2009 was a year for Malaysians to forge closer ties with one another and look up out-of-touch friends and family as evidenced by the presence of facebook, Friendster, MySpace, Twitter and Tagged in the top and fastest-rising searches for Malaysia. It was also a year that saw new faces, led by YouTube sensation Zee Avi in the entertainment field and politican Elizabeth Wong on the newsmakers list. Malaysians were also clearly interested in the recently-announced 1Malaysia F1 team that was granted permission to compete in next year’s Formula One season. Check out the lists below to get a better sense of the Malaysian Zeitgeist, or spirit of the times, in 2009!
SINGAPORE, Dec 31 — Singapore companies will win virtually unfettered access to almost two billion consumers from tomorrow when the world’s largest free trade area is launched.
The Asean-China FTA, which has been in the pipeline since 2002, is set to be worth about as much as the European Union or the North American Free Trade Agreement (Nafta), and will be bigger than both combined in terms of population.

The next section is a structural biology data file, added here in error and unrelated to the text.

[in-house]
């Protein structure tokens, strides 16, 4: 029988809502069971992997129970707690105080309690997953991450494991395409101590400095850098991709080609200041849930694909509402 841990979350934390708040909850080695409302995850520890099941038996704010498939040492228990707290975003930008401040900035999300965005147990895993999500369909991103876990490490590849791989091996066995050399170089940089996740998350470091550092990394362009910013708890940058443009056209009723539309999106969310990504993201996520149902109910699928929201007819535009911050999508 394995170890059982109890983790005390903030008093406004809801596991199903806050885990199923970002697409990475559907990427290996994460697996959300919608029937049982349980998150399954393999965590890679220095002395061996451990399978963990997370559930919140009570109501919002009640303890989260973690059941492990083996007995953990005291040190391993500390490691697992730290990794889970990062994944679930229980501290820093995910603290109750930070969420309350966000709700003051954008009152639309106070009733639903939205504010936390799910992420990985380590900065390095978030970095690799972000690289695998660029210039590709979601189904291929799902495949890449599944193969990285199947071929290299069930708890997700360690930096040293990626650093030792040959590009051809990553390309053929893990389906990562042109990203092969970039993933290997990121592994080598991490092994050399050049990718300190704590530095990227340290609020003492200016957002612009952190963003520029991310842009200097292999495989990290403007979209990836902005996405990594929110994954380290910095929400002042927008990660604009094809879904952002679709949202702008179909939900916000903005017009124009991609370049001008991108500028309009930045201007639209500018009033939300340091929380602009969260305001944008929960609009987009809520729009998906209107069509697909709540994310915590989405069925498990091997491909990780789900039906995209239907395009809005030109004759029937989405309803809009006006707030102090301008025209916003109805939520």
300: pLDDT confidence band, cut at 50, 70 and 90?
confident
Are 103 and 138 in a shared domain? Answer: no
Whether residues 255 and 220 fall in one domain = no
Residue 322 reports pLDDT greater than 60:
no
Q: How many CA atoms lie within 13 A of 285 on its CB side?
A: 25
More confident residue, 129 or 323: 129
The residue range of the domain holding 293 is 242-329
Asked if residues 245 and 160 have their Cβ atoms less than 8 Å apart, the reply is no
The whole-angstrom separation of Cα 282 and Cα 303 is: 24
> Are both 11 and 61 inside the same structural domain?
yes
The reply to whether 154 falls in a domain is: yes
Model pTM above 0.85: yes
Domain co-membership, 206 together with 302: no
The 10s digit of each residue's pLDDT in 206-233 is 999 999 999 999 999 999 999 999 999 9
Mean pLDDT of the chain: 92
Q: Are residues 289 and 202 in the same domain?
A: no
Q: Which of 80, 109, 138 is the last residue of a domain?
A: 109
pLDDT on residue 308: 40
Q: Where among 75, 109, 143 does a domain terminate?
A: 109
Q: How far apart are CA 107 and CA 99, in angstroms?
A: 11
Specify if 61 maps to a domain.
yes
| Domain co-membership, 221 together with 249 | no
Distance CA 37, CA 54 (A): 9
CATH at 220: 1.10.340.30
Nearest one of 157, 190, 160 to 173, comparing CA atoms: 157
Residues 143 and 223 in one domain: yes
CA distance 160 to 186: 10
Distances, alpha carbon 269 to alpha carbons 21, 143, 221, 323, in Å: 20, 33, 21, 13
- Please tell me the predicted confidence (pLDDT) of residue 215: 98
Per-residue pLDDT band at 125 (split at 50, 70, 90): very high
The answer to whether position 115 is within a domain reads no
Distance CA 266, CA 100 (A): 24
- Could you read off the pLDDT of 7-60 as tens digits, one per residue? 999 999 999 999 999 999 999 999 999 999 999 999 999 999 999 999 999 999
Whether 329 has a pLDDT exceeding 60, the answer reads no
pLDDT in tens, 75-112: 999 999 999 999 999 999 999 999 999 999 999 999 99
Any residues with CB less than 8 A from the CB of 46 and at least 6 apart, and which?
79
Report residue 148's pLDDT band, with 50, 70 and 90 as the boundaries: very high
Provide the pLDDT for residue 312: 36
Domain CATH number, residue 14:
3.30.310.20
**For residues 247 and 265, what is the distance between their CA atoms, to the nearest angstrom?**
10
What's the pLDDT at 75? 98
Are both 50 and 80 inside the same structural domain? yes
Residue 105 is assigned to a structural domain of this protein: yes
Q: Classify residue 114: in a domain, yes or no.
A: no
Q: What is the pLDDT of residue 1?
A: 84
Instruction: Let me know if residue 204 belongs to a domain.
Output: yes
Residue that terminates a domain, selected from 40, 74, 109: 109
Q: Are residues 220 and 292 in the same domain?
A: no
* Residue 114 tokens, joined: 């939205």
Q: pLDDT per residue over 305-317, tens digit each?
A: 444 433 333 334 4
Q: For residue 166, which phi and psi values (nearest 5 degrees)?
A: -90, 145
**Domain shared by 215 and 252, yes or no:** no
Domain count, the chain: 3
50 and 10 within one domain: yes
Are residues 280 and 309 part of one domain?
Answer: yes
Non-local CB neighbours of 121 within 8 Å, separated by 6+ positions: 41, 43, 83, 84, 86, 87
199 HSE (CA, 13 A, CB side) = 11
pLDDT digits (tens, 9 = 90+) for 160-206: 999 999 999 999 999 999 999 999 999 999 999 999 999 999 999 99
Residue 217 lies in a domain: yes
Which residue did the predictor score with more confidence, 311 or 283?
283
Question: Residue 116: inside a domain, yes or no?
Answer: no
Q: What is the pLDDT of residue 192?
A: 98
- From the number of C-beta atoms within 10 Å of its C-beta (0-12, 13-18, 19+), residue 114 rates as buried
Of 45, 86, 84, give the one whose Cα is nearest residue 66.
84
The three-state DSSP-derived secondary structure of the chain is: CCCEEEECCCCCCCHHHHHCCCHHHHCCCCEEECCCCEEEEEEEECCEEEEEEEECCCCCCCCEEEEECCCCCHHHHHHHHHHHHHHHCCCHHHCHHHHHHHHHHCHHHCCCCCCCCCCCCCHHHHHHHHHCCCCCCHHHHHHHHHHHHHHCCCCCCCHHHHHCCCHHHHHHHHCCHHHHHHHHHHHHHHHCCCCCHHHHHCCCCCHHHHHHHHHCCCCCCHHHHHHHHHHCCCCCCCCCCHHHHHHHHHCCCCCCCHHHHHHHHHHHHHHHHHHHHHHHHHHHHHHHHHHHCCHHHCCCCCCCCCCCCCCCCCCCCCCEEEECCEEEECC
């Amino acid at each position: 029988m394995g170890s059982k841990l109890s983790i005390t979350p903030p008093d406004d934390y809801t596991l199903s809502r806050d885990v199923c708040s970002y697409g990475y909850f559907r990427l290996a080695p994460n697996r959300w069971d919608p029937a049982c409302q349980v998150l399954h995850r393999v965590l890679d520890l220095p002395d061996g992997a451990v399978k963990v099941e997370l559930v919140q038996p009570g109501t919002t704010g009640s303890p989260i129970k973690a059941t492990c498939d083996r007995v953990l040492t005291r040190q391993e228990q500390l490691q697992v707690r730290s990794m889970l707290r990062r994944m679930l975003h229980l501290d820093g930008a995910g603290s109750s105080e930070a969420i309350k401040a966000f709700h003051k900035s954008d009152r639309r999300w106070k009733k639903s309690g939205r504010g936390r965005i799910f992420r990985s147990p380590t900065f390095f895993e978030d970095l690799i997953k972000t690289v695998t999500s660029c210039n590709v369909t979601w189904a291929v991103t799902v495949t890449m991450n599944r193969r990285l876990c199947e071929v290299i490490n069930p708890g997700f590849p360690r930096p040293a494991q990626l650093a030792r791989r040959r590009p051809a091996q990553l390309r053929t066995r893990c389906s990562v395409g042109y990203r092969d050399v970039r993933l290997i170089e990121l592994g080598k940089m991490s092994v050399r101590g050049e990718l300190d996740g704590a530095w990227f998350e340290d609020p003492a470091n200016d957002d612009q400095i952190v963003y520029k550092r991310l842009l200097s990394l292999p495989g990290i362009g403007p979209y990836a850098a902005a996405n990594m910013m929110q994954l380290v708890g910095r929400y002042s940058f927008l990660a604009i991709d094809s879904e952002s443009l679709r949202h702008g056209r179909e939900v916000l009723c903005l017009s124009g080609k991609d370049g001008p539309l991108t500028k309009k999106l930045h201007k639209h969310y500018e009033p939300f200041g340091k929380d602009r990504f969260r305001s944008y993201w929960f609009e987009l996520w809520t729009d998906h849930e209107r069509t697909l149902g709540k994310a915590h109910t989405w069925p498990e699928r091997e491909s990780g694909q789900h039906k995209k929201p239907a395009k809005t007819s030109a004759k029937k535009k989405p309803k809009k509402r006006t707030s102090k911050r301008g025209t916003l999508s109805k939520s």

Chinese Rear Admiral Yin Zhou, are you considering Co Co Islands of Myanmar?
BEIJING, Dec 30 — A Chinese rear admiral has urged the nation to set up navy supply bases overseas in an interview posted on the Ministry of Defence website after China paid ransom to free a ship held for nine weeks by Somali pirates.
China has operated patrols for a year now in the narrow Gulf of Aden, escorting Chinese and foreign ships through waters menaced by pirates operating off the Somali coast.
But coal and ore shipping lanes off the east coast of Africa have proved harder to defend. The De Xin Hai, captured 700 nautical miles east of Somalia in October, was ransomed for US$4 million (RM13.7 million) on Sunday.
Reflecting on the hardships endured by the Chinese patrol ships in the anti-piracy effort, Rear Admiral Yin Zhou floated the idea of bases abroad to support the vessels.
The head of the World Health Organisation (WHO) has warned the global swine flu pandemic is not yet over and the virus could still mutate.
Dr Margaret Chan said it was important to “guard against complacency” despite signs the disease had peaked in North America and parts of Europe.